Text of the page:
Dean rallies University students

Charley Bruce

While Democratic National Committee Chairman Howard Dean rallied campus Democrats Thursday, more than a dozen Dean imitators tried to mimic his style.

College Republicans held an “Outscream Dean” competition at Coffman Union, with people taking turns reenacting Dean’s infamous Iowa speech that ended in a loud yelp.

College Republicans State Chairman Tyler Sunderman said the group was having “a little fun at (Dean’s) expense.”

Inside Coffman, Democratic congressional candidate Keith Ellison, secretary of state candidate Mark Ritchie and Dean fired up the crowd of more than 400 people.

Dean warned he would only speak for a few minutes because he was expecting a lot of work from the crowd after.

He applauded Ellison for his stance against the war in Iraq, and called him the ideal candidate for the 5th Congressional District.

Dean bashed Republican officials for putting “the interests of their party ahead of the interests of America.”

Dean said he wanted students to go out and canvass for student issues because the increase in tuition and cuts to Pell Grants affect them specifically.

Dean talked about the declining number of people with health care in the United States.

He said there were three American wars right now: the war on terror, the war in Iraq and “the Republican war on American families.”

“We are in the middle of a middle-class crisis in America,” Dean said.

There are two million young people who have the intelligence to go to college, but cannot afford it, Dean said.

Ellison pumped his fist on stage, jumping all the way to the podium.

He asked how many days were left until Election Day.

“Eighteen days!” the crowd chanted.

Ellison implored students to inform voters about issues and DFL candidates.

After the rally, 40 volunteers went door-knocking in the Superblock and surrounding neighborhoods.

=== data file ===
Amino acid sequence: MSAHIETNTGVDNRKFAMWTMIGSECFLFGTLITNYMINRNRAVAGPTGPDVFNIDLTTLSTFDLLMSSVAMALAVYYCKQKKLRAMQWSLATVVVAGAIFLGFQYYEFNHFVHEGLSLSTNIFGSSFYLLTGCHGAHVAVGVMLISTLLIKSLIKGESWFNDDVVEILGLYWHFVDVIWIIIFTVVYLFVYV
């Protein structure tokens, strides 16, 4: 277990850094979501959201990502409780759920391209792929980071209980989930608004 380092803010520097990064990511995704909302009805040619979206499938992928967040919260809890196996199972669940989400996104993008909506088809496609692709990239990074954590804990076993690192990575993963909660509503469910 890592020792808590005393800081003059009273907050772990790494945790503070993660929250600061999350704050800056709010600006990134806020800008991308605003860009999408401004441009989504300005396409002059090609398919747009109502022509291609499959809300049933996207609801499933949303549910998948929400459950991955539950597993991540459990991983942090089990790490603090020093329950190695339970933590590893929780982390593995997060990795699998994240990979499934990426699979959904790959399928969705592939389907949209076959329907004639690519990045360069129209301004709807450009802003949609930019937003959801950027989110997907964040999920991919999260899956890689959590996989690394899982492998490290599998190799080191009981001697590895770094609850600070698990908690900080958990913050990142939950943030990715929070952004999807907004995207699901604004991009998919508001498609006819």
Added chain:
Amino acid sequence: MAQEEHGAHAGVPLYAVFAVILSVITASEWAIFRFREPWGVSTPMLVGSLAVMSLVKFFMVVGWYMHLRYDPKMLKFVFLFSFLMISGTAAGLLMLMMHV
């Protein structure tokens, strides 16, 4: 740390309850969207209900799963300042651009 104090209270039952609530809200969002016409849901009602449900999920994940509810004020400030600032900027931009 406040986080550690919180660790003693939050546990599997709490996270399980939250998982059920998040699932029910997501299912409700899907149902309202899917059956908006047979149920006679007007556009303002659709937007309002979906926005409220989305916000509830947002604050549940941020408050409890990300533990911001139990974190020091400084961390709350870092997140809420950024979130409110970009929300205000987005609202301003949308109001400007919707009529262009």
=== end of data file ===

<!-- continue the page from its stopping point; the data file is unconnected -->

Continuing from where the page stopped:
Alex Cutler said the event was organized by the UDFL and the organization he’s executive director of standupnow.mn, a youth voter mobilization campaign.

He said most voters are turned off by party rhetoric, so his campaigners talk issues and candidates go with them.

Standupnow.mn members have knocked on more than 5,000 doors and registered more than 1,000 voters this year, Cutler said.

The youth-run organization develops future campaigners by giving them the experience of running a campaign and higher responsibility positions, he said.

Cutler said Dean asked the group if he could speak at the event while he was in Minnesota.

The event, Cutler said, was about more than mobilizing voters for this year; it was about building future generations of voters.

Cutler said races can often change overnight, and holding events even while a candidate leads is important.

Cutler has been using a strategy many campaigns have utilized to reach what he calls the iPod generation: he uses Facebook and MySpace.

“Peer to peer communication is the most effective,” he said.

He said that social networking Web sites are becoming town halls for young people.

Mike Hatch, with his Facebook profile, can directly respond to young people, Cutler said.

“Facebook is a verb now,” said journalism sophomore Julia Krieger, a standupnow.mn campus organizer.

Political science sophomore Amber Holzmeister, also with standupnow.mn, said the organization is specifically targeting college students to increase the number of informed voters on Election Day.

The DFL-backed group registers anyone, regardless of political affiliation, she said.

State Rep. Phyllis Kahn, DFL-Minneapolis, walked the halls of Centennial Hall to talk to residents. The legislator, up for re-election, said she’d rather see people vote against her than not at all.

With the state paying so much of the University’s budget, Kahn said students have no right to neglect their civil duties.

Besides, with a polling place across the street from the residence hall, Kahn said voting for students is easy.

“Just like rolling out of bed,” she said.